Wednesday, April 02, 2014

Is You Is, or Is You Ain't: CCSD Doublespeak on Math Standards

Could someone who has never learned to write in cursive actually read cursive? Probably not. Think of all the letters and historical documents that must be filtered through typeface for those individuals lacking this centuries-old skill. Think about an educational system that proposes if something isn't on standardized testing, it's too unimportant to be taught!

This ridiculous proposition and doublespeak in mathematics standards are the reason for SC's "Back to Basics in Education Act of 2013 pass[ing] with little opposition. It requires adding cursive writing and the memorization of multiplication tables to the list of required subjects of instruction in South Carolina's public schools."

CCSD's Math Specialist, Cathy DeMers, appears well educated in doublespeak. She points out that the 2010 standards require "multiplication fluency" and provides the reporter with two nebulous examples:
In the third grade, students must be able to multiply single digits, such as 9 times 9. By the fifth grade, students must fluidly multiply using the standard algorithm for multi-digit multiplication; in other words, they must be able to solve 782 times 94, for example.
Notice DeMers avoids the obvious question--does CCSD require memorization of multiplication tables or not? Was the reporter too embarrassed to ask?

So tell us, please, how much are calculators used in these circumstances? Is the student learning to plug numbers into a calculator? If you ask a random third grader what is the answer to 8 times 9, will the student be able to answer without one? And does that fifth grader learn how to solve multi-digit problems the long way, with pencil and paper?

If you've taught the upper grades recently, you already know the answer.


Hungry Neck Tourist said...

Thirty days hath September, April, June and November. All the rest have 31, except February...

Do we punish our students by requiring they memorize certain basic rules or do we cripple them by not giving them the short cuts and quick keys to a wider world of understanding and knowledge?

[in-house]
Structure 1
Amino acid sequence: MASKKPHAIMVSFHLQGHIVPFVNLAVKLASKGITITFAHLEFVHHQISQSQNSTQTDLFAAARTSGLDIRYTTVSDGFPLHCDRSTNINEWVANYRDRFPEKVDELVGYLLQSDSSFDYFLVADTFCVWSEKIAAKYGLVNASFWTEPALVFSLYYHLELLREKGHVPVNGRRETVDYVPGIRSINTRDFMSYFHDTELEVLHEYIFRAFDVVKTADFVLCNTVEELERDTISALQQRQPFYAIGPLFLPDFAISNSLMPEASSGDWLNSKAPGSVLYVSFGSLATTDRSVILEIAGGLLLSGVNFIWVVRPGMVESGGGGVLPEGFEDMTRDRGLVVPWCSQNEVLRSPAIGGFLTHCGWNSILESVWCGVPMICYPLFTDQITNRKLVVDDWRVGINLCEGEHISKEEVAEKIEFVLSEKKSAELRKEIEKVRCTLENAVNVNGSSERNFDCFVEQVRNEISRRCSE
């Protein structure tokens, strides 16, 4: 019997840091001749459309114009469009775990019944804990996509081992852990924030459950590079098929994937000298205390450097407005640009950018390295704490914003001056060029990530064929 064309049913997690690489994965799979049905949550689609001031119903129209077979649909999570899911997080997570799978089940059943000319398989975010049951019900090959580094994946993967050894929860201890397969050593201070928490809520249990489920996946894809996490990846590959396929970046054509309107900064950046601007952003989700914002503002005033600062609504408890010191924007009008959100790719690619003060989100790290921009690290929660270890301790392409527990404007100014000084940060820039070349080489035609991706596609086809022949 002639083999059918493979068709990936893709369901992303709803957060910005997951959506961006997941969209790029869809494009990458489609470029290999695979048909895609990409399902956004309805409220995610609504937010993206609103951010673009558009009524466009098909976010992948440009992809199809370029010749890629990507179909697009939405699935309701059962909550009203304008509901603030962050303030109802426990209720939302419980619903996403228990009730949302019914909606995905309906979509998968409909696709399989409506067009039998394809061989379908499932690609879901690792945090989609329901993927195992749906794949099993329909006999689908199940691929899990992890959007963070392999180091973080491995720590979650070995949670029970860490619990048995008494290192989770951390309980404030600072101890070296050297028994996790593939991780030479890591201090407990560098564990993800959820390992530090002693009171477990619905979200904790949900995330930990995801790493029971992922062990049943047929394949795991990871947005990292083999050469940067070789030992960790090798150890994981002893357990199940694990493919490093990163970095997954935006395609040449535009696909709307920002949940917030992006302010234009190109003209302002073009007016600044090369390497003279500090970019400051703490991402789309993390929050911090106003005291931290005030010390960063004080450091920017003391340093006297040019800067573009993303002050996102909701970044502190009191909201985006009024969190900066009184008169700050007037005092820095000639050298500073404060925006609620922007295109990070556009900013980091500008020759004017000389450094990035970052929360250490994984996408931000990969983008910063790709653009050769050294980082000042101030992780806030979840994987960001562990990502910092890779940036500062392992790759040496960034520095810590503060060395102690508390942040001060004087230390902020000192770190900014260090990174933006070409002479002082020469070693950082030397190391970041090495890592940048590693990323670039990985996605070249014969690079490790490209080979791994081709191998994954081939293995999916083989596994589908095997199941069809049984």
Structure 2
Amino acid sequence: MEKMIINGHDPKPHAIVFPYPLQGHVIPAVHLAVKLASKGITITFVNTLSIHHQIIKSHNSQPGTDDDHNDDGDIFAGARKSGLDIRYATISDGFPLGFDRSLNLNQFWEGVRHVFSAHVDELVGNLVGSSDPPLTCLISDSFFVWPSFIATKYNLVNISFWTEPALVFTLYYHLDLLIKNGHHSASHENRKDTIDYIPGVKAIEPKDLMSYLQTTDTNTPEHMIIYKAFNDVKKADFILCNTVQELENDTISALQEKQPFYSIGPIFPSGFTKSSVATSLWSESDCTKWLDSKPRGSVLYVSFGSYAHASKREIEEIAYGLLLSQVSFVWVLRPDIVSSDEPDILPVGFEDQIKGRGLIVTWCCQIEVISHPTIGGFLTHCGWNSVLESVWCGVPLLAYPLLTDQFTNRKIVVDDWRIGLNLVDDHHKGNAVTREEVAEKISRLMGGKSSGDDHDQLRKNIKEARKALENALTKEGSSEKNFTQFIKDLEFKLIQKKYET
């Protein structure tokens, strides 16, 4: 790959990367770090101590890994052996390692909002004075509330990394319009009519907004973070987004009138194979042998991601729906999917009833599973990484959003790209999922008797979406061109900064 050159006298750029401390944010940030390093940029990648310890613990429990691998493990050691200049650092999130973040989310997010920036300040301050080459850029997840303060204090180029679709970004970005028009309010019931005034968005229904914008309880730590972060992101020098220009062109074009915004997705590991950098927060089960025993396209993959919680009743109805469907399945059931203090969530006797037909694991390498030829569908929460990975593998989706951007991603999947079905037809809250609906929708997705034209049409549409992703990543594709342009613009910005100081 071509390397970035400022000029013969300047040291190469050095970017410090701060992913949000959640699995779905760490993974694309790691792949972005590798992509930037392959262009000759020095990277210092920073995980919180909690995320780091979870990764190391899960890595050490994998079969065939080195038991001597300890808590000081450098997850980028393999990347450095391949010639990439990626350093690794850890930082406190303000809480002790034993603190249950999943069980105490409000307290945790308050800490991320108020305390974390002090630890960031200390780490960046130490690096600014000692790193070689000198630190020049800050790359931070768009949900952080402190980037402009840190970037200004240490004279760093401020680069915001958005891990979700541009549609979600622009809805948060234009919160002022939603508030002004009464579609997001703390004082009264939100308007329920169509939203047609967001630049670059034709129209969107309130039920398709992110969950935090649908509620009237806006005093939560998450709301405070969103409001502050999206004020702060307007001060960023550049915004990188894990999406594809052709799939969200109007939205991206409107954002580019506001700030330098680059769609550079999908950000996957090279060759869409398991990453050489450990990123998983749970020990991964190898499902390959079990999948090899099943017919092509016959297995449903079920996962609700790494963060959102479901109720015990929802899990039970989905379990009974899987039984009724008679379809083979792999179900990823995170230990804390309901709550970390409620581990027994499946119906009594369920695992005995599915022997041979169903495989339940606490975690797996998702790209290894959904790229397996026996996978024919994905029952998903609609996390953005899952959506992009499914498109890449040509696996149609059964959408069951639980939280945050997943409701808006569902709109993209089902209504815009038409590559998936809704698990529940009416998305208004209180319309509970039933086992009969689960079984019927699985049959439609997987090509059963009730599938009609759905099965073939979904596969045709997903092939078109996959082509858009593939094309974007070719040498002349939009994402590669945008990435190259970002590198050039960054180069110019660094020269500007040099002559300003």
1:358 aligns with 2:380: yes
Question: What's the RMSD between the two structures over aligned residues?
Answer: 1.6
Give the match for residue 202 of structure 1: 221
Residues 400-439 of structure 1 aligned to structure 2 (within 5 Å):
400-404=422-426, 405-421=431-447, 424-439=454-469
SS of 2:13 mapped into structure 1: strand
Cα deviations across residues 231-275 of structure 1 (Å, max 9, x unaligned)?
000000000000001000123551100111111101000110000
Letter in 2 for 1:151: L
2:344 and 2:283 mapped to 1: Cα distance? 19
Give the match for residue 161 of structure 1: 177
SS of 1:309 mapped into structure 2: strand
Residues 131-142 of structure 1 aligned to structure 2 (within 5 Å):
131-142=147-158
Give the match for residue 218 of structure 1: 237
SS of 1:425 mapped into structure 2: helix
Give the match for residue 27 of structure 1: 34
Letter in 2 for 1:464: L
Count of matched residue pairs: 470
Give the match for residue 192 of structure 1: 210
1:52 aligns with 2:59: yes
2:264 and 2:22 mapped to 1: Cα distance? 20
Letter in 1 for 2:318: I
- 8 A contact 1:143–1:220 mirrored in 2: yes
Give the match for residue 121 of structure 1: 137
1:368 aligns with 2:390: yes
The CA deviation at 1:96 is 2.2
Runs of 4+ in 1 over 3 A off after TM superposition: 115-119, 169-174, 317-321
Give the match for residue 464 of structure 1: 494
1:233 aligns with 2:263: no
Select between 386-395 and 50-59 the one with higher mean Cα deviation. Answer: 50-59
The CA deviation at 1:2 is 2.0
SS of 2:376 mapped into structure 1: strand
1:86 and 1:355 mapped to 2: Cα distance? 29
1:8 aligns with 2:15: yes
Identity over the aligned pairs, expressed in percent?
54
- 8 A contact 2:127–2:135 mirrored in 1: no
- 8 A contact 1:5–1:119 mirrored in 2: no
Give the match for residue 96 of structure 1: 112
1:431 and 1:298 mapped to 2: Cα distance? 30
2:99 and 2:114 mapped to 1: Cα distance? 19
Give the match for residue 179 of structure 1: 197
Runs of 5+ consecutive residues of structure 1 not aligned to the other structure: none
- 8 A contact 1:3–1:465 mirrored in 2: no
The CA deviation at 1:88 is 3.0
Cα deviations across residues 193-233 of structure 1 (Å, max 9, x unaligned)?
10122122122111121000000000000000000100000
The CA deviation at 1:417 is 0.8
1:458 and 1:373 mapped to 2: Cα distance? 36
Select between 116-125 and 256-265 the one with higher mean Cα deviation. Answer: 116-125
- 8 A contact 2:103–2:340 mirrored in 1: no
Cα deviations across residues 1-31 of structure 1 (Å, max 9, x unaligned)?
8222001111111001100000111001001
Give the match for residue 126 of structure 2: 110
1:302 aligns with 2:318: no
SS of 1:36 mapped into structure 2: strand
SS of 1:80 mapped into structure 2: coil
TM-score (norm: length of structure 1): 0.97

Cursive handwriting is as much an excersize in hand-to-eye coordination in the early years as it is a means of alternative communication. We also dropped 2nd language requirements, most notably Latin, and then we wonder why Americans struggle so with understanding basic English.

It's not the students who are fighting a return to basics. It's the ill trained teachers and the teacher mills that failed them. Why else are we having to hire reading coaches in the primary grades? Teacher training programs are no longer teaching primary teachers how to teach reading...or writing...or math, for that matter.

"i" before "e" except after "c"...

Oh, and we don't teach spelling either.

Clisby said...

Once they've learned multiplication the long way, they should be able to use calculators. To do otherwise is a complete waste of time. My child is in 6th grade, where they're still expected to multiply a 5-digit number by a 4-digit number by hand. If the kid really doesn't know how to do this, I guess it's helpful. Once a student has proven over and over that he/she GETS.IT. it's just dumb. Break out the friggin calculator, already.

Babbie said...

Clisby, I'm not against the use of calculators once students have memorized basic math facts, including multiplication tables. It's painful, though, to see an honors-level high school student pull out a calculator to figure out what percentage a grade of 35 out of 50 is!